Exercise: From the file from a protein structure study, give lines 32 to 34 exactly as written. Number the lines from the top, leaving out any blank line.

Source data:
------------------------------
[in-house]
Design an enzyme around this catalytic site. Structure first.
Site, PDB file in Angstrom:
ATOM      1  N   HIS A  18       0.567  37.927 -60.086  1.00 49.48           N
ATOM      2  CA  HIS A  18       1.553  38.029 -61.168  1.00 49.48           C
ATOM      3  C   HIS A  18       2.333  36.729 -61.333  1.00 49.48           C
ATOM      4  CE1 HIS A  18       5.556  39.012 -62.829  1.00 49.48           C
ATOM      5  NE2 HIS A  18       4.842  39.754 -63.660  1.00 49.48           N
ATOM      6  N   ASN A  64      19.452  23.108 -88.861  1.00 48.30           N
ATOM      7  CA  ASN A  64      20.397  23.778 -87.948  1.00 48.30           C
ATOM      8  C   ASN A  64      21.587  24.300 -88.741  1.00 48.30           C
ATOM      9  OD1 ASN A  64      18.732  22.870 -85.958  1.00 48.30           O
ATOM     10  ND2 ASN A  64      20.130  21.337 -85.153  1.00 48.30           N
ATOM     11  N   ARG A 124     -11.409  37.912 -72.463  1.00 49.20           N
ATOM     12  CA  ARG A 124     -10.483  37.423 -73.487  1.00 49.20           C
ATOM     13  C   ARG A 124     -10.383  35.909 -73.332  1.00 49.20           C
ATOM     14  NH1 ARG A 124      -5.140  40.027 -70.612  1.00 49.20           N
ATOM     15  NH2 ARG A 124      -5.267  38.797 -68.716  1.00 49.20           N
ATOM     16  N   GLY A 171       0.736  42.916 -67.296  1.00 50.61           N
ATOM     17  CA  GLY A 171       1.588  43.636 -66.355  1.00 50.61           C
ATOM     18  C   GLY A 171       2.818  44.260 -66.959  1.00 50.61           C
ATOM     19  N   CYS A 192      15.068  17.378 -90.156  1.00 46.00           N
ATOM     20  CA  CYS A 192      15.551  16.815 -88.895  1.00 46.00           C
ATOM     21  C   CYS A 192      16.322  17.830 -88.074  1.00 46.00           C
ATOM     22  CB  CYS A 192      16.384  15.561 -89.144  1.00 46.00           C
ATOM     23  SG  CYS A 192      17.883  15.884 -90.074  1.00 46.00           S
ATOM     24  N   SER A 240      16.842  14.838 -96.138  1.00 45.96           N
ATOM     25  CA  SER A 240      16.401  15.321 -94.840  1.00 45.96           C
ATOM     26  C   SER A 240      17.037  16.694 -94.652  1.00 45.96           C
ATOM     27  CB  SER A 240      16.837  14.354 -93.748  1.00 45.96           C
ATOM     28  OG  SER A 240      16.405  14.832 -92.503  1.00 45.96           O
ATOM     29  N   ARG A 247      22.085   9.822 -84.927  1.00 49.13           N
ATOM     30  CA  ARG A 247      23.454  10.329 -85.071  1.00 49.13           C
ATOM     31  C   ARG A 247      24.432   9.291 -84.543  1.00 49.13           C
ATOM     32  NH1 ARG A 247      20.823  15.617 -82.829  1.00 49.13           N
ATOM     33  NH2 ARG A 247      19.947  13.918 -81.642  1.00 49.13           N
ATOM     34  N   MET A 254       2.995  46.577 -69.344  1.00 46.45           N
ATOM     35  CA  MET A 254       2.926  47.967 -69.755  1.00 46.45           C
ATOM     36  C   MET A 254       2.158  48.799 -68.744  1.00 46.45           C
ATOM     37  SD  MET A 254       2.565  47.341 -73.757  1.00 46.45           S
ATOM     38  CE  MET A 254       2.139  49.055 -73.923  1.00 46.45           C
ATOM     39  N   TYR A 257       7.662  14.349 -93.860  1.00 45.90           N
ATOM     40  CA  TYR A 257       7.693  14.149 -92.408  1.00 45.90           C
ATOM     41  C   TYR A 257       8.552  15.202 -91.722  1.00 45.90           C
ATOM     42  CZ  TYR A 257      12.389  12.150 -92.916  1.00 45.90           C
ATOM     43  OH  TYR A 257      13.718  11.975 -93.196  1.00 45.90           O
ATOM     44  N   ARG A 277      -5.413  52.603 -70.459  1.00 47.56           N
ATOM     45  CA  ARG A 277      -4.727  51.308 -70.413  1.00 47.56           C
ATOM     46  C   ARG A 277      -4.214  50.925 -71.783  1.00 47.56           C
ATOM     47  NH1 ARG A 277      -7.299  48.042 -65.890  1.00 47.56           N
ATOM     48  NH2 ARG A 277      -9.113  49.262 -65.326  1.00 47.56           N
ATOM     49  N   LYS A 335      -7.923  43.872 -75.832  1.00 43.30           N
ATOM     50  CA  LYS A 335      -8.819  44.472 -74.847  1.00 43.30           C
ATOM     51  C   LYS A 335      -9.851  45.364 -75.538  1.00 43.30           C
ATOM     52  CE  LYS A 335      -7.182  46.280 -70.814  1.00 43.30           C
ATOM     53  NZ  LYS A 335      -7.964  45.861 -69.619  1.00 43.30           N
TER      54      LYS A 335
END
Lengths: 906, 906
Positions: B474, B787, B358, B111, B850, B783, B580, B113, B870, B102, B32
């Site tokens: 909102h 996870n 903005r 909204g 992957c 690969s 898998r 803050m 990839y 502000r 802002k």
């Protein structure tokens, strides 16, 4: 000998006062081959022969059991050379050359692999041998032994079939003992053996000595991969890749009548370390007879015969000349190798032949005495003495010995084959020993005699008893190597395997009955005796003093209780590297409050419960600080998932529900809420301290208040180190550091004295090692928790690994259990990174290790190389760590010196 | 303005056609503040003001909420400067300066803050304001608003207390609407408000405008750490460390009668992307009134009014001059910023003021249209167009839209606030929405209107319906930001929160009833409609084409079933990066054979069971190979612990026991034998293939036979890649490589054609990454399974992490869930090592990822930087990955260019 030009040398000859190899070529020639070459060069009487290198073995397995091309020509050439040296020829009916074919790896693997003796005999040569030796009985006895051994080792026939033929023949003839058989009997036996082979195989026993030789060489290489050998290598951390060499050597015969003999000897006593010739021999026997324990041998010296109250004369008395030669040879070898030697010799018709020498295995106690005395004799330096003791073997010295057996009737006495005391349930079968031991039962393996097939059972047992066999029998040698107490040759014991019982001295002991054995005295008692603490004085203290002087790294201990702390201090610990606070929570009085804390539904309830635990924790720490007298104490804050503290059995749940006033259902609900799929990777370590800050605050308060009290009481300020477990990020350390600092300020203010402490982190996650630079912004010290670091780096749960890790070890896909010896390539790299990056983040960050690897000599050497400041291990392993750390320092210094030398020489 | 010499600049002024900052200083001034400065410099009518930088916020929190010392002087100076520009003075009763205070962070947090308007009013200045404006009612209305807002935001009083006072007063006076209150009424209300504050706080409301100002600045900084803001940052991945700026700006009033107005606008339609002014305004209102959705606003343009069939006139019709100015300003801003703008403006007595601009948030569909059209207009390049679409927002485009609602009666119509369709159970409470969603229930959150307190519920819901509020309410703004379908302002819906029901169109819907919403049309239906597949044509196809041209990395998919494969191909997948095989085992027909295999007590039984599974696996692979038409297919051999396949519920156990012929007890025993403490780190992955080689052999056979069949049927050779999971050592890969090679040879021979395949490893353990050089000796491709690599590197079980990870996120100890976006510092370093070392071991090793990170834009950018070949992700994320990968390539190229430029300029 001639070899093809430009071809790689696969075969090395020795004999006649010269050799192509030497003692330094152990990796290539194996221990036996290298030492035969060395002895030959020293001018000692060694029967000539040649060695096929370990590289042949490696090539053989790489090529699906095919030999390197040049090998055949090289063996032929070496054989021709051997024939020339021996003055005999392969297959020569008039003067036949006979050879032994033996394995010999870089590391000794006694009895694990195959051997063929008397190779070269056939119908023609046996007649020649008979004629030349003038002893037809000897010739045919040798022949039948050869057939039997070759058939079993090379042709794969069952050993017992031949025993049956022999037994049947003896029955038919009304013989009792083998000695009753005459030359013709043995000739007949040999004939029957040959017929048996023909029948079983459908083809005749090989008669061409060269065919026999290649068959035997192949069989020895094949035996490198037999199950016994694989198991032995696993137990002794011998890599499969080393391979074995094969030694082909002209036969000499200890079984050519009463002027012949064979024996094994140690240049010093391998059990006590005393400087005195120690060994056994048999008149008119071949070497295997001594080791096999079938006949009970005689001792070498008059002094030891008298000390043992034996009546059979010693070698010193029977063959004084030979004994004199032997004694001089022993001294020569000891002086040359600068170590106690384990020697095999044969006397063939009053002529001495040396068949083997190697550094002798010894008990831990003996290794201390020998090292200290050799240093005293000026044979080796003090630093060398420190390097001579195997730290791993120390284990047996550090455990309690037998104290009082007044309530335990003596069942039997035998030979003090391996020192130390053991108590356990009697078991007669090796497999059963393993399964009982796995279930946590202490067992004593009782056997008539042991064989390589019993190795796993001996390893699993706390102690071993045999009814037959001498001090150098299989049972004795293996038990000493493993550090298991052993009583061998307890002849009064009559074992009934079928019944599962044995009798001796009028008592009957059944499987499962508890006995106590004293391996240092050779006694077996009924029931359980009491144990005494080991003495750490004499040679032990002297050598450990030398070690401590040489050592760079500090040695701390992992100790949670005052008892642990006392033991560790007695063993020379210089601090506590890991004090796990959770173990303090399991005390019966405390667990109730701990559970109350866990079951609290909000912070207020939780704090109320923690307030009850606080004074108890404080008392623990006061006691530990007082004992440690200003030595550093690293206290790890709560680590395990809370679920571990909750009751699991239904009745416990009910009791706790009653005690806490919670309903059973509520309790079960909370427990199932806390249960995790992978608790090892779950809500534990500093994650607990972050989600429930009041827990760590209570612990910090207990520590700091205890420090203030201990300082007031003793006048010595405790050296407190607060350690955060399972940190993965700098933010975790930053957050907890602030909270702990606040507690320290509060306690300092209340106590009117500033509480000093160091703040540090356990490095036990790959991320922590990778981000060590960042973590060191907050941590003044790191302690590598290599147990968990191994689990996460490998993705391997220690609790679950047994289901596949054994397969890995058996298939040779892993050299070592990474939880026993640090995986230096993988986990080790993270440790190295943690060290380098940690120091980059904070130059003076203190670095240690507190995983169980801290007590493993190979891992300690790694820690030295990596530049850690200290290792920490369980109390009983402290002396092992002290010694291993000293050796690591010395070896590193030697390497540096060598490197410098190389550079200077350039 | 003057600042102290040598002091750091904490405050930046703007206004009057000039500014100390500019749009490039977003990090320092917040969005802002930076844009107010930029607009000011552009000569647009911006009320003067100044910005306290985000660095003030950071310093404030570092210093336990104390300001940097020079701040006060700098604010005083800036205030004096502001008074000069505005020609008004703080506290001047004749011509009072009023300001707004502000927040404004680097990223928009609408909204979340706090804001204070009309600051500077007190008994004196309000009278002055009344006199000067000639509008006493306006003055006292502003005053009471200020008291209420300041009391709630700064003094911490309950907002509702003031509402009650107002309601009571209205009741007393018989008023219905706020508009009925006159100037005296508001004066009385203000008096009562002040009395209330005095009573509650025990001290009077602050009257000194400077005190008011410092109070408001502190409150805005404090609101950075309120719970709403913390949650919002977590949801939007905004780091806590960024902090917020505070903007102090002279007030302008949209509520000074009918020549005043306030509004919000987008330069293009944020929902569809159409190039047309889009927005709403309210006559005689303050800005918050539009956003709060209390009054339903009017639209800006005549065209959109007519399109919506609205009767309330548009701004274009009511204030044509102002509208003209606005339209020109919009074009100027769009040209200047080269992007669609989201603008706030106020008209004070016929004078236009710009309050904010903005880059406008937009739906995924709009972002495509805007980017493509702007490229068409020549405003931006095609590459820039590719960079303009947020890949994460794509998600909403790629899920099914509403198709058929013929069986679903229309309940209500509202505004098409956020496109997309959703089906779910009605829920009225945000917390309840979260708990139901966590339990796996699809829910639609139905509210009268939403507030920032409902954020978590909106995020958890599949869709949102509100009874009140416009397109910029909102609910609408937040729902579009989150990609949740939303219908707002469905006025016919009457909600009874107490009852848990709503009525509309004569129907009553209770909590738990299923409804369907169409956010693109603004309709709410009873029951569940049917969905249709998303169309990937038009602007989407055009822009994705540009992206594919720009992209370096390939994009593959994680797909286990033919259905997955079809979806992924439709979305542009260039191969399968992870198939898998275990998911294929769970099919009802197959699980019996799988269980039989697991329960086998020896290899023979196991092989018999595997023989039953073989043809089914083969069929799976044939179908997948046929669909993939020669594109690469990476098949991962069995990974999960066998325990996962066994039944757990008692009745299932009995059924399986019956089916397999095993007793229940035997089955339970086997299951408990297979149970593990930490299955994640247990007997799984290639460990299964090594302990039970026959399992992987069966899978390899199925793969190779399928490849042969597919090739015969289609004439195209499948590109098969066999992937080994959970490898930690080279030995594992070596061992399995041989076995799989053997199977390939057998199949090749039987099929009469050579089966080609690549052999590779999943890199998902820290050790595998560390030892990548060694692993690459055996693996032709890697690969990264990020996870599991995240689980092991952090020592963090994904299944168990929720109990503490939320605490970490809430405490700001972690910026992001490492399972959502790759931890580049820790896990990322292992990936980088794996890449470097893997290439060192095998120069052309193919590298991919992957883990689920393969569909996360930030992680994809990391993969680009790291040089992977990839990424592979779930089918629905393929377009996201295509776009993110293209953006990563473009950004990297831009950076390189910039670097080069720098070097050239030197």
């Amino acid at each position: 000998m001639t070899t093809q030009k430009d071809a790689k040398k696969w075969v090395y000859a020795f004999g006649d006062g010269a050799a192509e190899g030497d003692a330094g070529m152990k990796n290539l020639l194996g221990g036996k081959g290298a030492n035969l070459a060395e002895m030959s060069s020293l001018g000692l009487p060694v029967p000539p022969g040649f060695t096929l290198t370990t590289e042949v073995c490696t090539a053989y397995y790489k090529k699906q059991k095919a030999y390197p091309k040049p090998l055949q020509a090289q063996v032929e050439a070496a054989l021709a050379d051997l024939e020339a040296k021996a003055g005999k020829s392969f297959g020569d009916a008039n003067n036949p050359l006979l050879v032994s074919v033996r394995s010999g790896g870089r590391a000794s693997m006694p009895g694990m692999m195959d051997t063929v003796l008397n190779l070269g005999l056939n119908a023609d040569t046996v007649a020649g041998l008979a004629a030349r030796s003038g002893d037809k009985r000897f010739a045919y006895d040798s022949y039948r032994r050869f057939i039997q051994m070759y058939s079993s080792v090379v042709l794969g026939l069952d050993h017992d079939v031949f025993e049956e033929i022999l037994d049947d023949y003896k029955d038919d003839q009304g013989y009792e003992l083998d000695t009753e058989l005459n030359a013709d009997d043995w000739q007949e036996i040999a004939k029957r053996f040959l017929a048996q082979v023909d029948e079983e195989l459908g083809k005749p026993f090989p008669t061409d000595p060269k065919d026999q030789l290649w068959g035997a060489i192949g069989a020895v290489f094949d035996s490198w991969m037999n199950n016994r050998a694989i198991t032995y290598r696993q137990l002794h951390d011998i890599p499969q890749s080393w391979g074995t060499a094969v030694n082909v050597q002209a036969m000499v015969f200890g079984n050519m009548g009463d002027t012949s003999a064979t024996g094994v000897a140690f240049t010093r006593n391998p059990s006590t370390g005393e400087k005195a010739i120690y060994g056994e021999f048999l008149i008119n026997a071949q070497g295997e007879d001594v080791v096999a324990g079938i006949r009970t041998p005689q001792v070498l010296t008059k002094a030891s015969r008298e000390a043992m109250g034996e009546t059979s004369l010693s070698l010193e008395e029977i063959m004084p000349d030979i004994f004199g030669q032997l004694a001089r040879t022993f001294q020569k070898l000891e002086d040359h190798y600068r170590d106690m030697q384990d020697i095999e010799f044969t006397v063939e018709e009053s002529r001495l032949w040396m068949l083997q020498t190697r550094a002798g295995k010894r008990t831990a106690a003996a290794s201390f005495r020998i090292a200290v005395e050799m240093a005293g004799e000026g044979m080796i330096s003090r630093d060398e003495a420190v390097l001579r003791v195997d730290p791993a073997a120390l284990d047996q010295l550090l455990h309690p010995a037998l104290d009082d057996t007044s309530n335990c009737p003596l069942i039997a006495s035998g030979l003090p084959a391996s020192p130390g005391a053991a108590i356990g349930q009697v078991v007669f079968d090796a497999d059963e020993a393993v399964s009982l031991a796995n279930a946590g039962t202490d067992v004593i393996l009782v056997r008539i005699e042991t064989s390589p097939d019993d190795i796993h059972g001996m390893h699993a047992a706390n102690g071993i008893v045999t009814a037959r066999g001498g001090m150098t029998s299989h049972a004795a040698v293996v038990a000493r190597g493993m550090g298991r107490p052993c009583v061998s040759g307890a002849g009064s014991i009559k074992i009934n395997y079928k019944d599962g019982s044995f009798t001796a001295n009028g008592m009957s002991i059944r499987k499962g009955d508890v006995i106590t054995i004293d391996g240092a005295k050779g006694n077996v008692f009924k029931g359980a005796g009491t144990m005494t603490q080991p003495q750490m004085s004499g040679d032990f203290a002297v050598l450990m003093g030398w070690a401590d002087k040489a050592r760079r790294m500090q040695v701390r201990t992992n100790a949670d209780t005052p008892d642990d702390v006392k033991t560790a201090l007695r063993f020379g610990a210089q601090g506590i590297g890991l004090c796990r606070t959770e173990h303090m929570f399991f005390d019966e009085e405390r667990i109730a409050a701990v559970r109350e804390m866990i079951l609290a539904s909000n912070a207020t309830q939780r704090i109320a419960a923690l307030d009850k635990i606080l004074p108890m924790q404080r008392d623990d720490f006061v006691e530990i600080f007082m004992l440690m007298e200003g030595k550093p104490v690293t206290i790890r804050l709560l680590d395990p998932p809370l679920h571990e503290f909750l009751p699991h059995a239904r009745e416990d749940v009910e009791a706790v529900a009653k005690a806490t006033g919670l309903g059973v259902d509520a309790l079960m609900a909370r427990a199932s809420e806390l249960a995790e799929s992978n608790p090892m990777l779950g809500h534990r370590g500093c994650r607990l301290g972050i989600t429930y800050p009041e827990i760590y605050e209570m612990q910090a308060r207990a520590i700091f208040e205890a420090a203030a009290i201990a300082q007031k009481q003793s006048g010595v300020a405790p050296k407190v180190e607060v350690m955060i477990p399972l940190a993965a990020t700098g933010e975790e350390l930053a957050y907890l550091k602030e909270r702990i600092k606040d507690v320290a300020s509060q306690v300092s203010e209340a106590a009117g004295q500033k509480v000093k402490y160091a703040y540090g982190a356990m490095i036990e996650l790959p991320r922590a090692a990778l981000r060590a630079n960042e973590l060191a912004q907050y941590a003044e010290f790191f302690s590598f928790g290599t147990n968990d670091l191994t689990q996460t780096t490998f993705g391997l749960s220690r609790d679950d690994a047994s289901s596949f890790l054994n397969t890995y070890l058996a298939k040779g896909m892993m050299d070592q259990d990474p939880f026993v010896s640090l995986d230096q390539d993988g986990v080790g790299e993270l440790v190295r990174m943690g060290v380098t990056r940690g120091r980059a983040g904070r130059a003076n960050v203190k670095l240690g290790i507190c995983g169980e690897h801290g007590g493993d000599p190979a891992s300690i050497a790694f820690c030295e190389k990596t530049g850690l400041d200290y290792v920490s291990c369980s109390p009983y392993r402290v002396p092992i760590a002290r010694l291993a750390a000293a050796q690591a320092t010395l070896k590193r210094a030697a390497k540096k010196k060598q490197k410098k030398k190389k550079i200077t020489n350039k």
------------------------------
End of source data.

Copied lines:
ATOM     29  N   ARG A 247      22.085   9.822 -84.927  1.00 49.13           N
ATOM     30  CA  ARG A 247      23.454  10.329 -85.071  1.00 49.13           C
ATOM     31  C   ARG A 247      24.432   9.291 -84.543  1.00 49.13           C